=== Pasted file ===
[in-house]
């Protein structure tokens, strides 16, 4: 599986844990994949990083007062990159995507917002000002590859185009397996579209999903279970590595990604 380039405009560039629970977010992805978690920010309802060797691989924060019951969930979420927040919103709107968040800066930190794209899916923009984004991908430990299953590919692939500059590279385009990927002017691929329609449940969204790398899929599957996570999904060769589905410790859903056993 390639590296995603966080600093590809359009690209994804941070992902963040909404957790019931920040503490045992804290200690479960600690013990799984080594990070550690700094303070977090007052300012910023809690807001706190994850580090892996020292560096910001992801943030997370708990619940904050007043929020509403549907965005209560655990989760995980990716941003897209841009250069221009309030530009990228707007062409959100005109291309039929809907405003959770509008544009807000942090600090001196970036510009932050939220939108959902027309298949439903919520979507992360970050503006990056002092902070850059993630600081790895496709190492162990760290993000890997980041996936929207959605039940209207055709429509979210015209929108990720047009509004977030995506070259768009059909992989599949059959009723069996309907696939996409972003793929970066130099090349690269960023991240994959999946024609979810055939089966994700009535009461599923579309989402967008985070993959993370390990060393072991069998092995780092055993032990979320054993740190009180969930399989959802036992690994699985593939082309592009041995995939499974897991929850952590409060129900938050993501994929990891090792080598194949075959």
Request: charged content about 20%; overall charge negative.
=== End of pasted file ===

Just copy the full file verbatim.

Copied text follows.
[in-house]
């Protein structure tokens, strides 16, 4: 599986844990994949990083007062990159995507917002000002590859185009397996579209999903279970590595990604 380039405009560039629970977010992805978690920010309802060797691989924060019951969930979420927040919103709107968040800066930190794209899916923009984004991908430990299953590919692939500059590279385009990927002017691929329609449940969204790398899929599957996570999904060769589905410790859903056993 390639590296995603966080600093590809359009690209994804941070992902963040909404957790019931920040503490045992804290200690479960600690013990799984080594990070550690700094303070977090007052300012910023809690807001706190994850580090892996020292560096910001992801943030997370708990619940904050007043929020509403549907965005209560655990989760995980990716941003897209841009250069221009309030530009990228707007062409959100005109291309039929809907405003959770509008544009807000942090600090001196970036510009932050939220939108959902027309298949439903919520979507992360970050503006990056002092902070850059993630600081790895496709190492162990760290993000890997980041996936929207959605039940209207055709429509979210015209929108990720047009509004977030995506070259768009059909992989599949059959009723069996309907696939996409972003793929970066130099090349690269960023991240994959999946024609979810055939089966994700009535009461599923579309989402967008985070993959993370390990060393072991069998092995780092055993032990979320054993740190009180969930399989959802036992690994699985593939082309592009041995995939499974897991929850952590409060129900938050993501994929990891090792080598194949075959």
Request: charged content about 20%; overall charge negative.